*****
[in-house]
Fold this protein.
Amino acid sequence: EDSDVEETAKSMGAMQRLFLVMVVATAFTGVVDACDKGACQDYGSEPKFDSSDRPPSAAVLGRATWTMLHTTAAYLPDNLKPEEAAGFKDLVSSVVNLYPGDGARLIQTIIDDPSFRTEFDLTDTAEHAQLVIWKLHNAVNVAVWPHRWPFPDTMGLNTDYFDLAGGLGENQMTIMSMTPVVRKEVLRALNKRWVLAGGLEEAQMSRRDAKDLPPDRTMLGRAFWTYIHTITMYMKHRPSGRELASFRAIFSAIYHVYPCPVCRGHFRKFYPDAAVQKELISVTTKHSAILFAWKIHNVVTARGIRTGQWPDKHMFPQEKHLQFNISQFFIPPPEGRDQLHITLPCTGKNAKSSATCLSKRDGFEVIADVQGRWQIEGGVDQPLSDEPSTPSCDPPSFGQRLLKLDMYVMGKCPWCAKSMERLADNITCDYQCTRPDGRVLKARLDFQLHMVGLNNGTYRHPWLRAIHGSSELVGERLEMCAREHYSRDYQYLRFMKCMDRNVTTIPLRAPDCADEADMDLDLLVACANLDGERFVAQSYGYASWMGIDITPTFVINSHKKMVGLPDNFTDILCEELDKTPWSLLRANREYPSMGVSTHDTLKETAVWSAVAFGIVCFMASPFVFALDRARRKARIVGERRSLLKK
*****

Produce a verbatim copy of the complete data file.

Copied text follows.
[in-house]
Fold this protein.
Amino acid sequence: EDSDVEETAKSMGAMQRLFLVMVVATAFTGVVDACDKGACQDYGSEPKFDSSDRPPSAAVLGRATWTMLHTTAAYLPDNLKPEEAAGFKDLVSSVVNLYPGDGARLIQTIIDDPSFRTEFDLTDTAEHAQLVIWKLHNAVNVAVWPHRWPFPDTMGLNTDYFDLAGGLGENQMTIMSMTPVVRKEVLRALNKRWVLAGGLEEAQMSRRDAKDLPPDRTMLGRAFWTYIHTITMYMKHRPSGRELASFRAIFSAIYHVYPCPVCRGHFRKFYPDAAVQKELISVTTKHSAILFAWKIHNVVTARGIRTGQWPDKHMFPQEKHLQFNISQFFIPPPEGRDQLHITLPCTGKNAKSSATCLSKRDGFEVIADVQGRWQIEGGVDQPLSDEPSTPSCDPPSFGQRLLKLDMYVMGKCPWCAKSMERLADNITCDYQCTRPDGRVLKARLDFQLHMVGLNNGTYRHPWLRAIHGSSELVGERLEMCAREHYSRDYQYLRFMKCMDRNVTTIPLRAPDCADEADMDLDLLVACANLDGERFVAQSYGYASWMGIDITPTFVINSHKKMVGLPDNFTDILCEELDKTPWSLLRANREYPSMGVSTHDTLKETAVWSAVAFGIVCFMASPFVFALDRARRKARIVGERRSLLKK